Of bombs and allies

Soha Hesham , Monday 20 May 2024

Soha Hesham rediscovered the way filmmaker Asmaa Al-Bakri deployed the late Salah Al-Saadani’s talent.

Salah Al-Saadani


The Netherlands-Flemish Institute in Cairo held a special screening of Asmaa Al-Bakri’s Shahateen wa Nobalaa (Beggars and Noblemen, 1991), as a tribute to the renowned actor Salah Al-Saadani who passed away on 19 April.

The film is an adaptation of Egyptian born French writer Albert Cossery’s Mendiants et Orgueilleux (Beggars and Noblemen, 1955). Cossery’s novels are all set in his birthplace, Cairo, even though he spent most of his life in Paris.

The film opens with a newspaper on the ground: the headline, referring to Allies and Axis, indicates this is the time of World War II. The drama revolves around the lives of three bohemian men, Gohar (Salah Al-Saadani), Kordi (Mahmoud Al-Guindi) and Yakan (Ahmed Adam), who are trying to live outside legal, official or social restrictions, prioritising joy.

Gohar (Saadani) is the first to be introduced. Sleeping on the ground with only a pile of newspapers under him, he wakes up to a wet floor. That makes him wonder what could’ve happened, and whether it is a flood. And all of a sudden, he is terrified of the idea that his neighbours might be washing a corpse. Through flashbacks, the viewer realises that Gohar was once a university professor teaching history. He left his job life due to feeling alienated, deciding to live in a small room on the roof of a building.

Gohar’s relationship with Yakan and Kordi is based on drugs. They meet at different places in their poor neighbourhood, including the brothel where the former history professor now works as an accountant. Yakan is a homeless, dreamy character who lives in a world of fantasy and romance. He is in love with an aristocratic woman he never speaks to, hearing the music she plays outside her villa. A poet, Yakan sees Gohar as his mentor. He needs to beg to live.

As for Kordi, he is an armchair revolutionary, obsessed with the prospect of social justice. Influenced by Western literature, as Gohar points out, he calls for the rights of women and the poor, and never stops talking about the atomic bomb.

Capitalising on Al-Saadani’s talent, the screenplay offers a compelling portrait of Gohar, who is remarkably calm with a subtle, philosophical smile, regarding vagrancy as his life philosophy. But perhaps this demeanour hides a constant tension, for Gohar returns to the brother at an unusual time when his boss and colleagues are away, killing Arnaba (Lobna Wanas), one of the resident prostitutes, for absolutely no reason after they have sex. She has invited him into her room to write a letter to her uncle saying how happy she is, and then seduced him. But he hasn’t had any cannabis that evening…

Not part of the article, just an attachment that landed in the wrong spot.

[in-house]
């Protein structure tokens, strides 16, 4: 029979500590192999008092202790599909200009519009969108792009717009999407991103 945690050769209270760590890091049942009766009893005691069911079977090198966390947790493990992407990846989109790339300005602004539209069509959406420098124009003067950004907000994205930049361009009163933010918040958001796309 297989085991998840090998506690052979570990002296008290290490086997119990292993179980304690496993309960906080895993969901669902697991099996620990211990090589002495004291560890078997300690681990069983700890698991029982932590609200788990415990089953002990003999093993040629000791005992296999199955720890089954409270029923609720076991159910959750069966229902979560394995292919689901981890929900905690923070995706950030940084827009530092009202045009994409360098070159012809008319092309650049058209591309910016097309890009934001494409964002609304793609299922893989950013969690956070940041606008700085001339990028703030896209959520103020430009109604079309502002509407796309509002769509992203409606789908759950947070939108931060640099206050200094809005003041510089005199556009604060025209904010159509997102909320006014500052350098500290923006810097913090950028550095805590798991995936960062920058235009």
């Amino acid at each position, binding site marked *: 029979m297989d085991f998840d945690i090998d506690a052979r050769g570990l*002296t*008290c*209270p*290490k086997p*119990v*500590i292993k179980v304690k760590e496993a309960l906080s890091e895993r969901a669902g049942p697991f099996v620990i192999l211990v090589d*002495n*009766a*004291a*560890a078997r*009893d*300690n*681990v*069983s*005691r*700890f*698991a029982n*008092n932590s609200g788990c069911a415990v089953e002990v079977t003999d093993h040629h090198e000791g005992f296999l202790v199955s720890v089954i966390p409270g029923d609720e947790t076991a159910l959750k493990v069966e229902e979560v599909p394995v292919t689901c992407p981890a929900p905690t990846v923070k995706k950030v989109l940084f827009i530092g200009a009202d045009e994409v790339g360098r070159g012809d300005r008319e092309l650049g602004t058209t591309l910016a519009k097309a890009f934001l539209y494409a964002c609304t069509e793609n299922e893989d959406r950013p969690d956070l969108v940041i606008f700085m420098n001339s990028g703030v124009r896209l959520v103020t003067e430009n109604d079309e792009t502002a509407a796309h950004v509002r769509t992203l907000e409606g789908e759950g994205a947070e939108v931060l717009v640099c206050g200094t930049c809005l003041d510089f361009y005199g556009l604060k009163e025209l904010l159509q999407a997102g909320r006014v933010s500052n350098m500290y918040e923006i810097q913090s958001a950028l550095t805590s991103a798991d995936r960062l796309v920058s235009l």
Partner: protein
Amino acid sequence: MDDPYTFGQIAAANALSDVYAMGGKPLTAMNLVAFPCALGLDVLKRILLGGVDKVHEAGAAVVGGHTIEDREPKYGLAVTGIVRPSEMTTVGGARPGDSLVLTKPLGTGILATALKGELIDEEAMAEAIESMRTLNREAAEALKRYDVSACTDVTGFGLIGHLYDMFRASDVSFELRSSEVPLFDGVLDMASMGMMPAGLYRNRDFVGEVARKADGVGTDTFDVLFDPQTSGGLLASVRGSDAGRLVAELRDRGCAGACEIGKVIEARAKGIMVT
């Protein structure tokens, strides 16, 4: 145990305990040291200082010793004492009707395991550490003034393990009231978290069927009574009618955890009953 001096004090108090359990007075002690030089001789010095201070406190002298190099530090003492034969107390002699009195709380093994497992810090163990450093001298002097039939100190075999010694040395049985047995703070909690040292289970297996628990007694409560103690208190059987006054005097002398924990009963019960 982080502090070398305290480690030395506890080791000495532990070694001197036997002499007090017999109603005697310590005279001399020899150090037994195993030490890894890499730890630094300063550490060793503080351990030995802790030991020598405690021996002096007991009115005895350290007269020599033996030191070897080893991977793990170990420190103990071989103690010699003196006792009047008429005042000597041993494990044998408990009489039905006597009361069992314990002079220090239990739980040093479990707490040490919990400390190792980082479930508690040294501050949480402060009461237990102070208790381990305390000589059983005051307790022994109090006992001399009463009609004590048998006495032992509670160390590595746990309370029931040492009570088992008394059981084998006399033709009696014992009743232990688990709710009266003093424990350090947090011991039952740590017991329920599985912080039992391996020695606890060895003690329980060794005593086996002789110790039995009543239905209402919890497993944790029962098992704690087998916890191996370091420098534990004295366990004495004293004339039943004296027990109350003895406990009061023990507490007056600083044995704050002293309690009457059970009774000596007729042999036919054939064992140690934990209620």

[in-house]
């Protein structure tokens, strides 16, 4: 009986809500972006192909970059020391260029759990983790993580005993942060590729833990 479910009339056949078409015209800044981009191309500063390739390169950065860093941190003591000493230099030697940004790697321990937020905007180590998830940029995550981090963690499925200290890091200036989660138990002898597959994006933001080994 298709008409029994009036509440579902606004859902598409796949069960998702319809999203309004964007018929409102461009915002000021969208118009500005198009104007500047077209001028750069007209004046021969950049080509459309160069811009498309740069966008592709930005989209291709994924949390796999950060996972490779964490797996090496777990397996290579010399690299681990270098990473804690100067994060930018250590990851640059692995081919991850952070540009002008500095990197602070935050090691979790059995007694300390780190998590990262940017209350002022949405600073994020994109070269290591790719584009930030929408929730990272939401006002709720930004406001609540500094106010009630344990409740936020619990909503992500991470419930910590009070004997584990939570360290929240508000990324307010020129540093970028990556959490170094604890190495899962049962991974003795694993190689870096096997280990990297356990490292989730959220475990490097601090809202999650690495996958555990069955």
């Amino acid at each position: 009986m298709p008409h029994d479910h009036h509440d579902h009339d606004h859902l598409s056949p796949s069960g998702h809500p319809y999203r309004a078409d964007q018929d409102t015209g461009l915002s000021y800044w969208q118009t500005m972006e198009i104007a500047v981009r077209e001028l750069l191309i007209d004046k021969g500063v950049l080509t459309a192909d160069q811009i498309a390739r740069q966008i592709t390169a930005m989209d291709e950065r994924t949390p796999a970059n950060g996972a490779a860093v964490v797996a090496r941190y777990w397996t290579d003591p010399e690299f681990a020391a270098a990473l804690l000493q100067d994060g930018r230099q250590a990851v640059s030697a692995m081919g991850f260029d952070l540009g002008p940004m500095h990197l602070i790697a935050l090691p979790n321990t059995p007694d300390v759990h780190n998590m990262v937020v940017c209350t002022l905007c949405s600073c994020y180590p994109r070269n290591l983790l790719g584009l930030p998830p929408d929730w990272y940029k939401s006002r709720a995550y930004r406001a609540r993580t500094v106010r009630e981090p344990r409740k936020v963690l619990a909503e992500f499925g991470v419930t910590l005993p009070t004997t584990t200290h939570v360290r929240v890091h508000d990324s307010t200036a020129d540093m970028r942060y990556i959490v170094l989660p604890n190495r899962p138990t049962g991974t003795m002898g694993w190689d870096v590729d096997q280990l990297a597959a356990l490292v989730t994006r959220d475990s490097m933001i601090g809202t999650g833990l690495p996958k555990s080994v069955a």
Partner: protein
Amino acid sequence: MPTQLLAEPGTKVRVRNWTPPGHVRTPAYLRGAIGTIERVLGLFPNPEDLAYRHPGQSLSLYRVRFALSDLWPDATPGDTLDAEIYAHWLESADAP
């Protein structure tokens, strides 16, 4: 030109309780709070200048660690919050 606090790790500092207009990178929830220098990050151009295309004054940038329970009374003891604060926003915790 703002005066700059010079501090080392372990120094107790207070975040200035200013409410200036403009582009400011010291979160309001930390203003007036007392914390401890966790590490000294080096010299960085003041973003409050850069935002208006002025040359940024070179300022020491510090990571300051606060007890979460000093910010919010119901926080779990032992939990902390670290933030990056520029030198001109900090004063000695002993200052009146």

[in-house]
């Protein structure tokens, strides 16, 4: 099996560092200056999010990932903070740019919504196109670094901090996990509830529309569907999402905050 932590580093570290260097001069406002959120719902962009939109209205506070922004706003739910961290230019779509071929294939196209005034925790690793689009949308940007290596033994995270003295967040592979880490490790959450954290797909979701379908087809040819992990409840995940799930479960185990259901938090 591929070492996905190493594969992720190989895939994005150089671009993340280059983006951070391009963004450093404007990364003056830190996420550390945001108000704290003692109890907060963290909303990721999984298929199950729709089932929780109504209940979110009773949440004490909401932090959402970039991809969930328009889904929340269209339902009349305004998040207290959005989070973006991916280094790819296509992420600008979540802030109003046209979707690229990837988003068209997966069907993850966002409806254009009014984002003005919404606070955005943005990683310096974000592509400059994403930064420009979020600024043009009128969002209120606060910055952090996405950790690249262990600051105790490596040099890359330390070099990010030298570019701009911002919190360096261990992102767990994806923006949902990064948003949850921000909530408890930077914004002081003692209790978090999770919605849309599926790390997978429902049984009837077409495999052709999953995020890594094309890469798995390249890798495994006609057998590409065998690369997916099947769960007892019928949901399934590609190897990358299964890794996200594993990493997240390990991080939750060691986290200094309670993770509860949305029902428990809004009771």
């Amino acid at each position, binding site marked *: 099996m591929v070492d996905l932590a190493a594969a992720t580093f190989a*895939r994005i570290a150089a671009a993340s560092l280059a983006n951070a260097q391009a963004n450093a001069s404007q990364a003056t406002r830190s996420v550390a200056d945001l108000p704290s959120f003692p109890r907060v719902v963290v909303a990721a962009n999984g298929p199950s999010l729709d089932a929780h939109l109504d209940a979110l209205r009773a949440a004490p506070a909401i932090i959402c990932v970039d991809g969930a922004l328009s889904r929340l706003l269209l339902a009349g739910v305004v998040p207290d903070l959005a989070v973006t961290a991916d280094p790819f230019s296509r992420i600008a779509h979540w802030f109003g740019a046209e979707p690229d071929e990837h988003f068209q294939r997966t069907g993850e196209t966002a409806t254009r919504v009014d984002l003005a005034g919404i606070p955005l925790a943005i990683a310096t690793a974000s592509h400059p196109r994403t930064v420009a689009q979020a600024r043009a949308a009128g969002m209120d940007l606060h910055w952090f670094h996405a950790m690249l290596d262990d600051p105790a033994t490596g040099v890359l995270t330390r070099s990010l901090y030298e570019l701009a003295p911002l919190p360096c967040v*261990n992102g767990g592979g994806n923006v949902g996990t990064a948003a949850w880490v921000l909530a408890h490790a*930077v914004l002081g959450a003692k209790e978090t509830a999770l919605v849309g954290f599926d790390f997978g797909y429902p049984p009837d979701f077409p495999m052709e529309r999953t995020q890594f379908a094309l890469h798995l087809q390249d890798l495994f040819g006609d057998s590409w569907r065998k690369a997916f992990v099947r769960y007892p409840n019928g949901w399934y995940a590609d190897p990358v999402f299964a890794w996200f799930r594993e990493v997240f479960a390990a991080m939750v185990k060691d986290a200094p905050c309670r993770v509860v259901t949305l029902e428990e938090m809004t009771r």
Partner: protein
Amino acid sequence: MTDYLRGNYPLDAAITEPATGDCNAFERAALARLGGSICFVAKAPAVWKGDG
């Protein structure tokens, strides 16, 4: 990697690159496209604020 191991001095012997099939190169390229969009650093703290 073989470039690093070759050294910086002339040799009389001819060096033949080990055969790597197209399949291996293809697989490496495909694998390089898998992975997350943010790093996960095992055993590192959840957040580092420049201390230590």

Feeling as indifferent about this as anything he does. Gohar subconsciously wants to flout authority, but even so he feels nothing. As the social structure of the neighbourhood begins to unravel, the sense of existential detachment that makes them respond with the same lack of emotion to everything — a death or a wedding — despite their endless tolerance. This is beautifully dramatised by Al-Bakri.

Yakan is initially interrogated by the police officer Noureddine (Abdel-Aziz Makhyoun), the character who represents everything the three protagonists are not: the law, authority, social order. Yakan at first denies any knowledge of the crime. But later on both he and Kordi confess to the crime they did not commit, leaving Noureddine perplexed. He does not arrest them. Towards the end Gohar manages to convince Noureddine to take off his uniform and embrace vagrancy.

The film dramatises a philosophical vision that calls for revolution, prioritising pleasure and idleness as values in themselves. In the closing scene, it is announced on the radio that the two atomic bombs have been dropped on Hiroshima and Nagasaki, just as Kordi kept describing to the officer.

Filmmaker, screenwriter and producer Asmaa Al-Bakri (1947-2015) was born in Cairo, and started her filmmaking career in 1973 assisting Youssef Chahine on Awdet Al-Ibn Al-Dal (The Return of the Prodigal Son, 1976) and Khairy Bishara on Al-Aqdar Al-Dameya (The Bloody Destiny, 1982). She directed three feature films: Shahateen wa Nobalaa (Beggars and Nobles, 1991), Concerto in Darb Saada (2000), and Al-Onf wal Sokhreya (Violence and Irony, 2003).


* A version of this article appears in print in the 16 May, 2024 edition of Al-Ahram Weekly

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